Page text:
The actual story of this book begins on February 25, 1970 - the day when the extremely depressed Mark Rothko took his own life with a razor blade. It was Rothko's last will that his pictures should remain in possession of his Foundation which was supposed to conserve them for educational purposes. Eventually, he wanted his works to be given away to important museums as thematically linked convolutes. His wife Mell would then receive the residential house with its inventory - to which some paintings belonged as well - along with a lump sum.
But this wish was never fulfilled. Bernard Reis and Rothko's artist friend Theodoros Stamos were, among others, the administrators of the estate and directors of the Foundation; they executed their roles jointly. At the same time, they were both in contact with Frank Lloyd. Because of his good contacts with New York's art scene and the high society, Reis was on the gallery's payroll. Stamos had ambitions to be represented by Marlborough (which turned out to be the case eventually). Thus it is not surprising that this obvious conflict of interests led to a situation where, within only three months, the Marlborough Gallery got hold of Rothko's complete legacy.
The scandal was not only that Rothko's will was completely ignored, but also that, meanwhile, his friends were so corrupted that they were acting exclusively in Frank Lloyd's favour, taking part in sham business and cover-ups, thus doing enormous financial harm to the Foundation and betraying its original objective. The plaint of Rothko's still young daughter against the Foundation finally put an end to this ado. But it took several years before the Foundation could retrieve most of the paintings or, in some cases, a reasonably market-appropriate compensation, and also before a judgement was pronounced against the corrupted administrators, the hitherto incumbent directors of the Foundation and Frank Lloyd.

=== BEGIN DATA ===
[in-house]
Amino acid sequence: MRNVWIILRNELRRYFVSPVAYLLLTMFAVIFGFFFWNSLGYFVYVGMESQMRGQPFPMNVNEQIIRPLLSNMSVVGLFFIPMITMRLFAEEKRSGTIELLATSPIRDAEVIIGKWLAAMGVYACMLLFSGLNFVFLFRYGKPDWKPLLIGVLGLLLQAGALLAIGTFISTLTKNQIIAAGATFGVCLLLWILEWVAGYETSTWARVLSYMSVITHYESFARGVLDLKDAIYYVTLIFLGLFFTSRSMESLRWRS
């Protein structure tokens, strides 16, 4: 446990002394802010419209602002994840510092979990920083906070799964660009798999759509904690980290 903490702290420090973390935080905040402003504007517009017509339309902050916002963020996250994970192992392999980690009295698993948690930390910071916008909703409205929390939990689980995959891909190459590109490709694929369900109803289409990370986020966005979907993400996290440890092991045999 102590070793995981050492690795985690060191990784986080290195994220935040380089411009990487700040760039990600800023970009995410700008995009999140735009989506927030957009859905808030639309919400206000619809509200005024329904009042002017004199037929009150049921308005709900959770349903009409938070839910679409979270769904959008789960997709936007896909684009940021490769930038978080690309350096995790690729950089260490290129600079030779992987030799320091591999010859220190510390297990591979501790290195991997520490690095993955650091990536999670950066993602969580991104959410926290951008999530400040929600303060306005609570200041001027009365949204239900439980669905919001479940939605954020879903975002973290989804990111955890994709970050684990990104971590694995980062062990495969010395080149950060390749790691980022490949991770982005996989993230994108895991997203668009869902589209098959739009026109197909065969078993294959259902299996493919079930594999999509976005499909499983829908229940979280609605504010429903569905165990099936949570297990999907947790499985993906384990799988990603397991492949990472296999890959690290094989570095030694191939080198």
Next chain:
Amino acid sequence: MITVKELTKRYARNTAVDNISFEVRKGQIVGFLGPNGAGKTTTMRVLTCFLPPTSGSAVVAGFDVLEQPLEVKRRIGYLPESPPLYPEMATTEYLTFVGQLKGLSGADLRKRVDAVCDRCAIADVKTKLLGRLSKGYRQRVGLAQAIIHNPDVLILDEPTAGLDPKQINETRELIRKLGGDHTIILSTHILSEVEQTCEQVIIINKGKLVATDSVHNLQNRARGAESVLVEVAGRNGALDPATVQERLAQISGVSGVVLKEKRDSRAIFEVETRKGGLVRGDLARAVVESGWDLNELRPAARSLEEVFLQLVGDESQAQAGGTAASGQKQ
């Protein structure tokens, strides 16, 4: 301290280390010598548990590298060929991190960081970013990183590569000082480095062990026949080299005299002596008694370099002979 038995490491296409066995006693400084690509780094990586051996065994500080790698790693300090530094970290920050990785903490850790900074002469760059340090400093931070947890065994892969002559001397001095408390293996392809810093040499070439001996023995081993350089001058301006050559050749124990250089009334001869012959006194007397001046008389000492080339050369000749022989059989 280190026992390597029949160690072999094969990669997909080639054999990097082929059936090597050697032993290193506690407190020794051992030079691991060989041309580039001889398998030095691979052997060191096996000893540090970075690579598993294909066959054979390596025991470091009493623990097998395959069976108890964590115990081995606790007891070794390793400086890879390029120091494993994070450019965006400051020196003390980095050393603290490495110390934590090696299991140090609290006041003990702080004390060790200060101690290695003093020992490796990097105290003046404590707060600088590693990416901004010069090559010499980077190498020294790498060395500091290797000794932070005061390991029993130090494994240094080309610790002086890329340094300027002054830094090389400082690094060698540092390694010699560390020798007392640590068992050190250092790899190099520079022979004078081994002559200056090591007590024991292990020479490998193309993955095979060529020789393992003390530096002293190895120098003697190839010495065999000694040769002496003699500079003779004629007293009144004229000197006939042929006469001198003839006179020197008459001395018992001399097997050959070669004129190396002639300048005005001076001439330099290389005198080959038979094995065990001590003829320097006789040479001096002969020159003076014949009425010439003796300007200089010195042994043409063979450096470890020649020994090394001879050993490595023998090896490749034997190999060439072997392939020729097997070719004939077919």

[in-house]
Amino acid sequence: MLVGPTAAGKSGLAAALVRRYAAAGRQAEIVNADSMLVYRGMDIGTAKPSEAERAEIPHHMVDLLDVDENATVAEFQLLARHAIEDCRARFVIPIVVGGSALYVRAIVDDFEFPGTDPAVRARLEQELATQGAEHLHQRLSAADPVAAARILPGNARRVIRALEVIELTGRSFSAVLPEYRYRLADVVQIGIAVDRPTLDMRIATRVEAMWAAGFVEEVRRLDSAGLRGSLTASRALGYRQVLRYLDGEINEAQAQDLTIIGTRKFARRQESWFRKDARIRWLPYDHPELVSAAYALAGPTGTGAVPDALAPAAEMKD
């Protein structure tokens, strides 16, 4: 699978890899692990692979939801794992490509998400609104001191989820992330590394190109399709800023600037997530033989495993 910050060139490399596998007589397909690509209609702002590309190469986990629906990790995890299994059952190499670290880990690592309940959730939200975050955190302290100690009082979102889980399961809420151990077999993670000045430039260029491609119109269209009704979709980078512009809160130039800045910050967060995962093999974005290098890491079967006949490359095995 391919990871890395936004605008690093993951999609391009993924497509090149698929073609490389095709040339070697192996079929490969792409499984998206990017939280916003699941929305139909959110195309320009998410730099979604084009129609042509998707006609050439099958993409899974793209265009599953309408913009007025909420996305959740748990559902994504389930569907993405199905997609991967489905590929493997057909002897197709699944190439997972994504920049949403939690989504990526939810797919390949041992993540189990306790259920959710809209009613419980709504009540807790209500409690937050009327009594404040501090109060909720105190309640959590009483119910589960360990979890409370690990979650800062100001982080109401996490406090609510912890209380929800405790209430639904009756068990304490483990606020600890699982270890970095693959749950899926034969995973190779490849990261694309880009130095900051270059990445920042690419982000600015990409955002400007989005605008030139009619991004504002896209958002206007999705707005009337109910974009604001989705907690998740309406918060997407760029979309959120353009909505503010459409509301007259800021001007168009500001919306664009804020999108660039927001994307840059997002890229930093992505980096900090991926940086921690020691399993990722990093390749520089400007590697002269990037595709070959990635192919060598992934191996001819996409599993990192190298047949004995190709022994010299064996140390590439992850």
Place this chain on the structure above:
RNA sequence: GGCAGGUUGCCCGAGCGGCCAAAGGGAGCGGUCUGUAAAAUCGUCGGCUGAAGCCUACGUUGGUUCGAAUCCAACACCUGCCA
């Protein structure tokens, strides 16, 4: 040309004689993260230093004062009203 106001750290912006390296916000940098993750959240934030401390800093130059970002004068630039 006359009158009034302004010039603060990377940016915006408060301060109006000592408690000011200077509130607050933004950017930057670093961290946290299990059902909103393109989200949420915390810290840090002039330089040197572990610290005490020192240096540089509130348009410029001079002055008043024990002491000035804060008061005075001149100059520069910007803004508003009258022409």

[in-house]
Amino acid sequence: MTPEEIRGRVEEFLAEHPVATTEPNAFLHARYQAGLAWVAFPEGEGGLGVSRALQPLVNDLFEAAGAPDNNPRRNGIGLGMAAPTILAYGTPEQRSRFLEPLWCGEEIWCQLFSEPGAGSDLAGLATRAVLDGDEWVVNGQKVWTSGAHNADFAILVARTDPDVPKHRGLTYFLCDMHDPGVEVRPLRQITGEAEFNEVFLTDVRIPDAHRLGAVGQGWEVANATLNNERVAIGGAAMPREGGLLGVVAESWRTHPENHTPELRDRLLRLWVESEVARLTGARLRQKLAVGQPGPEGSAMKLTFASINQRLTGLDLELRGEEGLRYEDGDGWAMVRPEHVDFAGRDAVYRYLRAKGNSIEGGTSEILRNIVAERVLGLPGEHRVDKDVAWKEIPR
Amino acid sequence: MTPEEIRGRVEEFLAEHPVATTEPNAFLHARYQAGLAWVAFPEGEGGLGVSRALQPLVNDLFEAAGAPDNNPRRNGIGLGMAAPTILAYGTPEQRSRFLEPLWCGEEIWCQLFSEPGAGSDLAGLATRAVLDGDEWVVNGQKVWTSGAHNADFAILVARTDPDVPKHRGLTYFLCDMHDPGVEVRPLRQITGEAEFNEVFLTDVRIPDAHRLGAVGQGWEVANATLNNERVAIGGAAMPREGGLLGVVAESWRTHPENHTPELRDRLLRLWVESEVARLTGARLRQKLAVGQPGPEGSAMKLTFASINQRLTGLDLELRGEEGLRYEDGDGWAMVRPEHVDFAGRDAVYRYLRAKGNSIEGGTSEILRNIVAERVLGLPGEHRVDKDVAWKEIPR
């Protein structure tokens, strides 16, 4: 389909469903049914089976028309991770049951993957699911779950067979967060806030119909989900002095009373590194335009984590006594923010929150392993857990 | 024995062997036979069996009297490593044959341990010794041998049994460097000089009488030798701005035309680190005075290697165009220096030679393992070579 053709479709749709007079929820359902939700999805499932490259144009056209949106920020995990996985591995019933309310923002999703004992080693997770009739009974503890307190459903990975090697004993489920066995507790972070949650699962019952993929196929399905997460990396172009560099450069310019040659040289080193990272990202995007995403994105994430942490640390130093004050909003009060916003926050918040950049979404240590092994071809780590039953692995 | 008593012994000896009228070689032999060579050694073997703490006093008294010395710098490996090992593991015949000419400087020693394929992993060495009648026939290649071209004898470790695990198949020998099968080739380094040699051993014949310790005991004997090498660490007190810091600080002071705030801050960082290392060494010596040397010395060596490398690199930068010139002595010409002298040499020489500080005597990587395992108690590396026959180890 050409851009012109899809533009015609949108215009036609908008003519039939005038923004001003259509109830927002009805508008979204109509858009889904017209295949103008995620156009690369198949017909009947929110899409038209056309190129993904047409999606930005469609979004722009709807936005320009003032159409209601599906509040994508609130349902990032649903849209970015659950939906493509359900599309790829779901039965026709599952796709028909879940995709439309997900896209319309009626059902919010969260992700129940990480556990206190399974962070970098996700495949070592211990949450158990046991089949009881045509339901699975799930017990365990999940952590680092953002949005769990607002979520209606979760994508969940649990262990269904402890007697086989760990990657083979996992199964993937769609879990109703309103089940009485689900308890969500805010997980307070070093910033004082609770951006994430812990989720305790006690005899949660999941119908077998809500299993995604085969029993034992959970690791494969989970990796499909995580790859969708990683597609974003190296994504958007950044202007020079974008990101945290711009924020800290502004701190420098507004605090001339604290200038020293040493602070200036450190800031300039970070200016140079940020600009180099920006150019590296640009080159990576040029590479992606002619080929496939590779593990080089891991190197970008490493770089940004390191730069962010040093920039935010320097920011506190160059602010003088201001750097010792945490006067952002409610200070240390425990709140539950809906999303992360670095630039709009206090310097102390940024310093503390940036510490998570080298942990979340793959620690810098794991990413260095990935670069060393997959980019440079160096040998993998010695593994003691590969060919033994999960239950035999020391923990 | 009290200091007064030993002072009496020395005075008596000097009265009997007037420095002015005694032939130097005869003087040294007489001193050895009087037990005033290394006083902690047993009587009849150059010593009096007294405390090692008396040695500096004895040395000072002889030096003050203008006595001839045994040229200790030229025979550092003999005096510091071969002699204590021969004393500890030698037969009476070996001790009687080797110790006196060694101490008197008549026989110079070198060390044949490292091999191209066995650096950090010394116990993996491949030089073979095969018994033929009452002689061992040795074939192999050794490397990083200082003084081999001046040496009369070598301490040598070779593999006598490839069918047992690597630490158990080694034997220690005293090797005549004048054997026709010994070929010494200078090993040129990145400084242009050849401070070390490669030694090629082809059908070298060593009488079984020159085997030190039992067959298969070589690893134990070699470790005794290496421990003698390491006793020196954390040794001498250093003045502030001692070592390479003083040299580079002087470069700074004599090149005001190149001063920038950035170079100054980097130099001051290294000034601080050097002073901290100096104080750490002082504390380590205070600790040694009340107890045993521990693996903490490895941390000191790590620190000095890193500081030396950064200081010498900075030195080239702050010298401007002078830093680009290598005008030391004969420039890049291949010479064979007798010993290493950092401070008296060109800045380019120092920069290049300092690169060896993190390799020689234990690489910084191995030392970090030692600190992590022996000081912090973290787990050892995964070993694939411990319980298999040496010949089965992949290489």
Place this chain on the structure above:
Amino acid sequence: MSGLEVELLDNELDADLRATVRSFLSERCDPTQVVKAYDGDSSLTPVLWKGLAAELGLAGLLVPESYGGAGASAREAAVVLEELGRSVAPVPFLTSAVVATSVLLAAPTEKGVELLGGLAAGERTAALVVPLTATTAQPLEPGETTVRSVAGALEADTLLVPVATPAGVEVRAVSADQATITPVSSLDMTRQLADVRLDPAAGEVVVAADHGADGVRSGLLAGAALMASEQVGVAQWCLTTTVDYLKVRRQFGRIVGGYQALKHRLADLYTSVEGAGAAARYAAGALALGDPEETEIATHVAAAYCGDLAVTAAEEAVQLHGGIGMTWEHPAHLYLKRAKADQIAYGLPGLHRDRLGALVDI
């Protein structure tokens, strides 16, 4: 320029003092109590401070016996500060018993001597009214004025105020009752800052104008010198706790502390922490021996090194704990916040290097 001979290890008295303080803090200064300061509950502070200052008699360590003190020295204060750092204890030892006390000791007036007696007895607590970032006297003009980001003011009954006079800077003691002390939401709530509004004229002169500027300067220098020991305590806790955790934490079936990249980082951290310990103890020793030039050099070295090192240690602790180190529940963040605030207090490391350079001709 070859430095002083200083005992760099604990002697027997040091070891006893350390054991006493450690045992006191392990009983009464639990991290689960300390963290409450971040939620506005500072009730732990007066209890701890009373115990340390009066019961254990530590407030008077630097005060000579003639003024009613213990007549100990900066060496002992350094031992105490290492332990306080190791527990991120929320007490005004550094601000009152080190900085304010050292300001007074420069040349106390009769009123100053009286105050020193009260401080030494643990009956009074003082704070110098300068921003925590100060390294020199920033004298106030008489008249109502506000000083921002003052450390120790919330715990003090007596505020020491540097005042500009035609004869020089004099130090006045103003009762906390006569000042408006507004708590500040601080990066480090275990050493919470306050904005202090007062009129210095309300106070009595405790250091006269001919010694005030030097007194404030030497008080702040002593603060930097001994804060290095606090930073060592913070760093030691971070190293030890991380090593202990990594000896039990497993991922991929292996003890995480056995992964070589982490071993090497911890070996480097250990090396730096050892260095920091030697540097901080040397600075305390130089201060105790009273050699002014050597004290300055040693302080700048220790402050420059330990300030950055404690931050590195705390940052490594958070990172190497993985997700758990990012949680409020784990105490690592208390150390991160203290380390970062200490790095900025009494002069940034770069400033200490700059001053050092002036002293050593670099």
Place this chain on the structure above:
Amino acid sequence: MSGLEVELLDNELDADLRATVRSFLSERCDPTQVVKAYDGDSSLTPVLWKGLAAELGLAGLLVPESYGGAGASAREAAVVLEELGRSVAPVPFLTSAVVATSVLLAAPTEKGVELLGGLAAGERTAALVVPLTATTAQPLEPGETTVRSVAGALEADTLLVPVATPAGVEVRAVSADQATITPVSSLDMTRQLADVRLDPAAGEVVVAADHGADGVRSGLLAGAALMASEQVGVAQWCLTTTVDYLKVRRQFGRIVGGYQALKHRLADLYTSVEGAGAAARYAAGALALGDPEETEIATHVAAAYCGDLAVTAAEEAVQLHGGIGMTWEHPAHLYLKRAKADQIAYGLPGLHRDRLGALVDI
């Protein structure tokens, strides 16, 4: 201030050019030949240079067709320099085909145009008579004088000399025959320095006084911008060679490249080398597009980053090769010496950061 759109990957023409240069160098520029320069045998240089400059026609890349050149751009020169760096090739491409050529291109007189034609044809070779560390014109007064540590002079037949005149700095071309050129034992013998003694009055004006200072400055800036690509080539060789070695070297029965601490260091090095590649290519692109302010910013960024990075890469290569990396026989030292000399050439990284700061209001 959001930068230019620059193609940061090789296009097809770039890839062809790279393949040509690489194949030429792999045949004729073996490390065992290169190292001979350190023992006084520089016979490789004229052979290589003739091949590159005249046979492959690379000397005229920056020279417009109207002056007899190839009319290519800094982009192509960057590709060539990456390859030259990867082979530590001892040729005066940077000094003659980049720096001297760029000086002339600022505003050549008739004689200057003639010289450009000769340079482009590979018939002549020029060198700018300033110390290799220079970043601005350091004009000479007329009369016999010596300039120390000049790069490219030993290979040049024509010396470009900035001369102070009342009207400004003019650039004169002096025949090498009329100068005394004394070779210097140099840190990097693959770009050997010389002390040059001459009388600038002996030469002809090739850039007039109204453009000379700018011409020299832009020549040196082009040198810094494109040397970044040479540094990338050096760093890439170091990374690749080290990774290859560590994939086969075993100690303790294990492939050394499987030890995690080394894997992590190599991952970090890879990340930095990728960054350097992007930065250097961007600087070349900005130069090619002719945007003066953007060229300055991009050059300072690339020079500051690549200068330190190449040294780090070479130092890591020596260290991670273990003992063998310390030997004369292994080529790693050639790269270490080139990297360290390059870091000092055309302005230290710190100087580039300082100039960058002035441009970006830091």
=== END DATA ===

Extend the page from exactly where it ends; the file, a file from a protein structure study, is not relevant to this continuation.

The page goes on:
Lee Seldes deserves much recognition, as the only journalist who has followed this long trial, studied all available documents and made numerous interviews in order to understand this spectacular art market scandal that is also referred to as the "Watergate of the art market", in all its dimension and importance, and in order to finally write a book about it. But for the enthusiasts of Rothko's paintings, it should be mentioned that this extremely exciting book is, spanning across long passages, primarily a pleasure for jurists and people who are interested in the art market. If someone wants to learn more about the paintings, he or she should read a monograph about the artist or look at the works in one of the museums that preserves Mark Rothko's legacy. The Foundation has given all the paintings in its possession as donations to important museums in America and abroad. The National Gallery in Washington DC alone received 285 paintings, and more than 600 works went to 25 museums in the United States, four in Europe and two in Israel. In the end, Mark Rothko's last wish was fulfilled.
Translation by Artfacts.Net
"The Legacy Of Mark Rothko"
Paperback: 432 pages
Publisher: Da Capo Press; Updated edition (August 21, 1996)
Product Dimensions: 7.8 x 5 x 1.1 inches
$19.00 / £ 14.99